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finding out whether this condition is satisfied or not is to attempt to form the differential coefficient. If the quotient of differences Ay/Ax hasa limit when Ax tends to zero, yis a differentiable function of x, and the limit in question is the differential coefficient. The derived function, or differential coefficient, of a function f(x) is always defined by the formula

dx ° h

Rules for the formation of differential coefficients in particular cases have been given in § II above. The definition of a differential coefficient, and the rules of differentiation. are quite independent of any geometrical interpretation, such as that concerning tangents to a curve, and the tangent to a curve is properly defined by means of the differential coefficient of a function, not the differential coefficient by means of the tangent.

It may happen that the limit employed in defining the differential has one value when h approaches zero through positive values, and a different value when h approaches zero coefficient

52132; through negative values. The two limits are then called Regresswe the "progressive 'I and ' regressive " differential co-Dufemm efiie1ent s. In applications to dynamics, when x denotes Ha, Co a coordinate and t the time, dx/dt denotes a velocity. If emdents the velocity is changed suddenly the progressive differential coefficient measures the velocity just after the change, and the regressive differential coefficient measures the velocity just before the change. Variable velocities are properly defined by means of differential coefficients. All geometrical limits may be specified in terms similar to those employed in specifying the tangent to a curve; in difficult cases Ar“s they must be so specified. Geometrical intuition may fail to answer the question of the existence or non-existence of the appropriate limits. In the last resort the definitions of many quantities of geometrical import must be analytical, not geometrical. As illustrations of this statement we may take the definitions of the areas and lengths of curves. We may not assume that every curve has an area or a length. To find out whether a curve has an area or not, we must ascertain whether the limit expressed by fydx exists. When the limit exists the curve has an. area. The definition of the integral is quite independent of any geometrical interpretation. The length of a curve again is defined by means of a limiting process. Let P, Q be two points of a curve, and Rl, R2, ...R, , 1 a set of intermediate points of the curve, supposed to be described in the sense in which Q comes after P. The points R are supposed to be reached successively in the order of the suffixes when the curve is described in this sense. We form a sum of lengths of chords PR;-I-R1R2+ . . . -I-R, , 1Q.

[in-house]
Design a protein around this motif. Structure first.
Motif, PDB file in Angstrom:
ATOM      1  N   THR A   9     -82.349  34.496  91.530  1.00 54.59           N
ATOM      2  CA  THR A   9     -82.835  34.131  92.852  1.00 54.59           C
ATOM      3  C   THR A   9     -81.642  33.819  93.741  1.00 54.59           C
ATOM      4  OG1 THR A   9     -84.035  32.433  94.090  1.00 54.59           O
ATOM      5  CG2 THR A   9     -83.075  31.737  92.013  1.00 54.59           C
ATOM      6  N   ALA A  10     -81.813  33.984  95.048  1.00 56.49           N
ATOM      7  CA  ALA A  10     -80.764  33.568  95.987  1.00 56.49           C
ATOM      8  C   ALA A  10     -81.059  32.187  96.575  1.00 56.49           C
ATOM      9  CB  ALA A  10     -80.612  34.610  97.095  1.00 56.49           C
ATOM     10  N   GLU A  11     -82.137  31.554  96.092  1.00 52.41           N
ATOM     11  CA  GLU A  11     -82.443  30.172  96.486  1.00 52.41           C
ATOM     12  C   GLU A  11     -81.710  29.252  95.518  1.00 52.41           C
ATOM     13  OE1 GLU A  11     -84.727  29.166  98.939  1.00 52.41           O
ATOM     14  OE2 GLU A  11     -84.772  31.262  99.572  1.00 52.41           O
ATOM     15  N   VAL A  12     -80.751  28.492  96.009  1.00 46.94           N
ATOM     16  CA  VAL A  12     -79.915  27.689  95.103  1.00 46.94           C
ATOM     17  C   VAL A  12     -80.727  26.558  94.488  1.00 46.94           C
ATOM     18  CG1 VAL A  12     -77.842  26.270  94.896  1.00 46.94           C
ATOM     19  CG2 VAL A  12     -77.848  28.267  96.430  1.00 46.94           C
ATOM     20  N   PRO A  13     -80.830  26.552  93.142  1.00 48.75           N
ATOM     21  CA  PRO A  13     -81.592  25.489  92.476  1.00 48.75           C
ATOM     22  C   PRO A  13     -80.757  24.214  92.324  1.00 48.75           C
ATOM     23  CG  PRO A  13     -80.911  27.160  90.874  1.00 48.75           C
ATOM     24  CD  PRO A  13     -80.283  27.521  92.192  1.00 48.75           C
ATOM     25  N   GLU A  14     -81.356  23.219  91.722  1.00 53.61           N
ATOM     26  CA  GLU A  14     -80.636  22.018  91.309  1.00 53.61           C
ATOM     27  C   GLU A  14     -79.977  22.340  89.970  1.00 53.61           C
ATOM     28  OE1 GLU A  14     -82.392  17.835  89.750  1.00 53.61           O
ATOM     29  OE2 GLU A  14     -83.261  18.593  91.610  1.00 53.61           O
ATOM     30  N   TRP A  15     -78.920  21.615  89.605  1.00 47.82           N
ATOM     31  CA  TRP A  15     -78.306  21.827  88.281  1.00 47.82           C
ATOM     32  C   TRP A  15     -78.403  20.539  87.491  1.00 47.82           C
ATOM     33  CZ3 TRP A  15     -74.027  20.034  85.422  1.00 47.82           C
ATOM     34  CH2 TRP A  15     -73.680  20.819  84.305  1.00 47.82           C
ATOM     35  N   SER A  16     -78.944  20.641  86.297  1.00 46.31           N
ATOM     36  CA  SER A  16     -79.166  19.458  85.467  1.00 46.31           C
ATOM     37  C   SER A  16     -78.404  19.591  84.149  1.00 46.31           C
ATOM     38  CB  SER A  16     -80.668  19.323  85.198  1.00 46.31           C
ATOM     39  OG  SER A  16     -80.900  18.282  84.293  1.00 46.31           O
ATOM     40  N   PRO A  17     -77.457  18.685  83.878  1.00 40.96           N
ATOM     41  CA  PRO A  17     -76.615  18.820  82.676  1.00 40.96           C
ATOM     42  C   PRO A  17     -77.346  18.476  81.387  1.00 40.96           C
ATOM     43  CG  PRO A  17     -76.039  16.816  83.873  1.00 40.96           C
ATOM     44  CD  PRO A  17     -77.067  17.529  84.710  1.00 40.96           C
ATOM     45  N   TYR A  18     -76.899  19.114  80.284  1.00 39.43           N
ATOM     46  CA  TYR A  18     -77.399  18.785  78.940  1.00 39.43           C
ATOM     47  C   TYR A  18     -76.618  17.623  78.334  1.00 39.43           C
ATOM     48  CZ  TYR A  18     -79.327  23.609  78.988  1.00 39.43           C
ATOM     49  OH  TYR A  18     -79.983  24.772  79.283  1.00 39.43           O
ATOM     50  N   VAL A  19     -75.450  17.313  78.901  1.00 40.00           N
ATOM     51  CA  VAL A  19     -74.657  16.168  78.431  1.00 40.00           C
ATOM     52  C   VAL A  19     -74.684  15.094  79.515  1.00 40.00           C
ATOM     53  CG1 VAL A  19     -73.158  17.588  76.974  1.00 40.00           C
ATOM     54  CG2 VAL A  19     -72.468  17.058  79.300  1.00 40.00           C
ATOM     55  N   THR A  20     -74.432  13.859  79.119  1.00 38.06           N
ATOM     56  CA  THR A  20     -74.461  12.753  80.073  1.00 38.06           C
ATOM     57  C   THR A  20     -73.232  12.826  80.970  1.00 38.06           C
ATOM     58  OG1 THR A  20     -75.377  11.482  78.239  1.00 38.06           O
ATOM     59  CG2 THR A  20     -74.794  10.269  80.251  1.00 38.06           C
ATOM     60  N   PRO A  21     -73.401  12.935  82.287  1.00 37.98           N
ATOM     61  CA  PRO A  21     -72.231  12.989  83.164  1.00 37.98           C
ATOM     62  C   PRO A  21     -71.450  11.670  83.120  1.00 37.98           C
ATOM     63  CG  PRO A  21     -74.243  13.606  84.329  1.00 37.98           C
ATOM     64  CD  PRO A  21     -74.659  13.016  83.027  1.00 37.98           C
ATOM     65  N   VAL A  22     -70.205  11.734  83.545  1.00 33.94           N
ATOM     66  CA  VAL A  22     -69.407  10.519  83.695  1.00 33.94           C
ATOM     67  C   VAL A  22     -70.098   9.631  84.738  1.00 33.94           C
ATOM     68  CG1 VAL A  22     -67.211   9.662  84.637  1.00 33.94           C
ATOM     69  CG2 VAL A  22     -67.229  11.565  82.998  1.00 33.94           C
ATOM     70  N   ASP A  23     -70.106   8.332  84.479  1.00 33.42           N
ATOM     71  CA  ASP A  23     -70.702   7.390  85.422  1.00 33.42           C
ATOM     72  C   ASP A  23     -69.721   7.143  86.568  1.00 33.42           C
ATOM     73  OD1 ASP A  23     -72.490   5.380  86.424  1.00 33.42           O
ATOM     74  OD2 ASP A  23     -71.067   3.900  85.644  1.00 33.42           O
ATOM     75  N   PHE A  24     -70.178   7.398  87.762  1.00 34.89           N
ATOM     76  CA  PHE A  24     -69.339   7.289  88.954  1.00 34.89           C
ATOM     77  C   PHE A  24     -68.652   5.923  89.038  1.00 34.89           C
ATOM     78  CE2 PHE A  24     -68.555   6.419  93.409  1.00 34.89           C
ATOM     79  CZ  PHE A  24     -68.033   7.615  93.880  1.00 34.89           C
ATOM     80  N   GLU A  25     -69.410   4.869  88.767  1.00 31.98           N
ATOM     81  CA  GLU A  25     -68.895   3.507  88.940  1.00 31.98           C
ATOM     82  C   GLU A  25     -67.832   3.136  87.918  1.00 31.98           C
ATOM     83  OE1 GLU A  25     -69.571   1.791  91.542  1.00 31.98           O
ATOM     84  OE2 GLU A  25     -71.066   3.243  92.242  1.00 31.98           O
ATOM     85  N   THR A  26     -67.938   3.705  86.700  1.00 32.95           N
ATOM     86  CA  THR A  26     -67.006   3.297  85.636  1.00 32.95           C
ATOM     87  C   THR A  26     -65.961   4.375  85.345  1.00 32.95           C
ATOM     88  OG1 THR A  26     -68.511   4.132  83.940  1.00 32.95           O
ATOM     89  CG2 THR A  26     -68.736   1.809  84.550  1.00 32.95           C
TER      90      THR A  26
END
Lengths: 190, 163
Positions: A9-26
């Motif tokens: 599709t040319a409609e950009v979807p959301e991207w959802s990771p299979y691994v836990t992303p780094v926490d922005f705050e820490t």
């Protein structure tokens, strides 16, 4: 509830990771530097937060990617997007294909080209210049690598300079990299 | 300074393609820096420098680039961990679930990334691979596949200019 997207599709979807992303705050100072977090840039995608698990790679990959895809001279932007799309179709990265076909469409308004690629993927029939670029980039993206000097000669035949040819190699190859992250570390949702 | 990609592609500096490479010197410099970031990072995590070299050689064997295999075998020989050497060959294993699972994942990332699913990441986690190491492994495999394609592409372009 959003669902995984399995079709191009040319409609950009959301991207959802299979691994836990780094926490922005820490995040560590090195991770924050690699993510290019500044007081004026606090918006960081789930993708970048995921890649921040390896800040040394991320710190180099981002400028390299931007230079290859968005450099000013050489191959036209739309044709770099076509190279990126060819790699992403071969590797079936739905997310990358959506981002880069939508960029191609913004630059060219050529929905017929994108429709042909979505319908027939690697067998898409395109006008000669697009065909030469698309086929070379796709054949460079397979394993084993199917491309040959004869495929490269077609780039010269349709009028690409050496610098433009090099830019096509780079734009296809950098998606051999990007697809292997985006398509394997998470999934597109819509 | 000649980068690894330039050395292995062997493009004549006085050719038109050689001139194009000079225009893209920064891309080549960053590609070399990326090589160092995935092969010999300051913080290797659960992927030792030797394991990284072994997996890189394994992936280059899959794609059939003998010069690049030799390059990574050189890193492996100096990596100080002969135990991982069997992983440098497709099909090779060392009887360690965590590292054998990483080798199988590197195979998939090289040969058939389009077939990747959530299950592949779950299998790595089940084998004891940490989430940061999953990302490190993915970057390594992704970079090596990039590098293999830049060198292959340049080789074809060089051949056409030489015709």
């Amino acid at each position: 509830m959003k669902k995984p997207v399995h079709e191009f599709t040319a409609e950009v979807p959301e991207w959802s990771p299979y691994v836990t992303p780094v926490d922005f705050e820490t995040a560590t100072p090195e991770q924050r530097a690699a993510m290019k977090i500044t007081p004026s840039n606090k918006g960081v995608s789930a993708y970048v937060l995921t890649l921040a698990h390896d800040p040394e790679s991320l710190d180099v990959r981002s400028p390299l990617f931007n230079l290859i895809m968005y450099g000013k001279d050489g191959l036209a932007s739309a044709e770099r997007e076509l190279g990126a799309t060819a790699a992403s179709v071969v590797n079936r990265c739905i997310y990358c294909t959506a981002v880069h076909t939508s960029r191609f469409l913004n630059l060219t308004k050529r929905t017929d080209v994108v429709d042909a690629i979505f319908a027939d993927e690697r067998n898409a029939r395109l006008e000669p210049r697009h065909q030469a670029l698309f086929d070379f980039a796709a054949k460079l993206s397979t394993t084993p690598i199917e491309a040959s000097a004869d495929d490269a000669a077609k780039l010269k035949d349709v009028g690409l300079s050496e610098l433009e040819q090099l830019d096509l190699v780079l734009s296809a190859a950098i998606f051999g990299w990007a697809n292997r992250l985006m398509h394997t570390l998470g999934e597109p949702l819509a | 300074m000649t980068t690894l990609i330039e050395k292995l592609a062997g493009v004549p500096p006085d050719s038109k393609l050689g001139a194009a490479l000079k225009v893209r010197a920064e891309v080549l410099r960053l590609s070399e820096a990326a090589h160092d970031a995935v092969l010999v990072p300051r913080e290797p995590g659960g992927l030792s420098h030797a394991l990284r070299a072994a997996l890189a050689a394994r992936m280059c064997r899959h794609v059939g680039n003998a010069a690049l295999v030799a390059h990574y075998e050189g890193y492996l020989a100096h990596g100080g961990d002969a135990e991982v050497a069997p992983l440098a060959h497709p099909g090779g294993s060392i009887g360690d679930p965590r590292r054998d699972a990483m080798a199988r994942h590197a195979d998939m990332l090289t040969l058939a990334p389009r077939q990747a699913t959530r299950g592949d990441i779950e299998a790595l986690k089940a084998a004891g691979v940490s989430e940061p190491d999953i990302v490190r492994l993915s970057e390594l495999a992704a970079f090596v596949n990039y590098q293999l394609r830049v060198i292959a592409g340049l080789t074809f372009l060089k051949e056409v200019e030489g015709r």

If this sum has a limit when the number of the points R is increased indefinitely and the lengths of all the chords are diminished inde-Lengths finitely, this limit is the length of the are PQ. The limit “curves is th e same whatever law may be adopted for inserting the intermediate points R and diminishing the lengths of the chords It appears from this statement that the differential element cf the arc of a curve is the length of the chord joining two neighbouring points. In accordance with the fundamental artifice for forming differentials (§§ 9, IO), the differential element of arc ds may be expressed by the formula

dS = / {(dx)2+(<1y)2l,

of which the right-hand member is really the measure of the distance between two neighbouring points on the tangent. The square root must be taken to be positive. We may describe this differential element as being so much of the actual arc between two neighbouring points as need be retained for the purpose of forming the integral expression for an arc. This is a description, not a definition, because the length of the short arc itself is only definable by means of the integral expression. Similar considerations to those used in defining the areas of plane figures and the lengths of plane curves are applicable to the formation of expressions for differential elements of volume or of the areas of curved surfaces., 34. In regard to differential coefficients it is an important theorem that, if the derived function f'(x) vanishes at all points of an interval, the function f(x) is constant in the interval. It follows E?;"f:;"ts that, if two functions have the same derived function they can only differ by a constant. Conversely, indefinite grafion. . . . .

integrals are indeterminate to the extent of an additive Constant.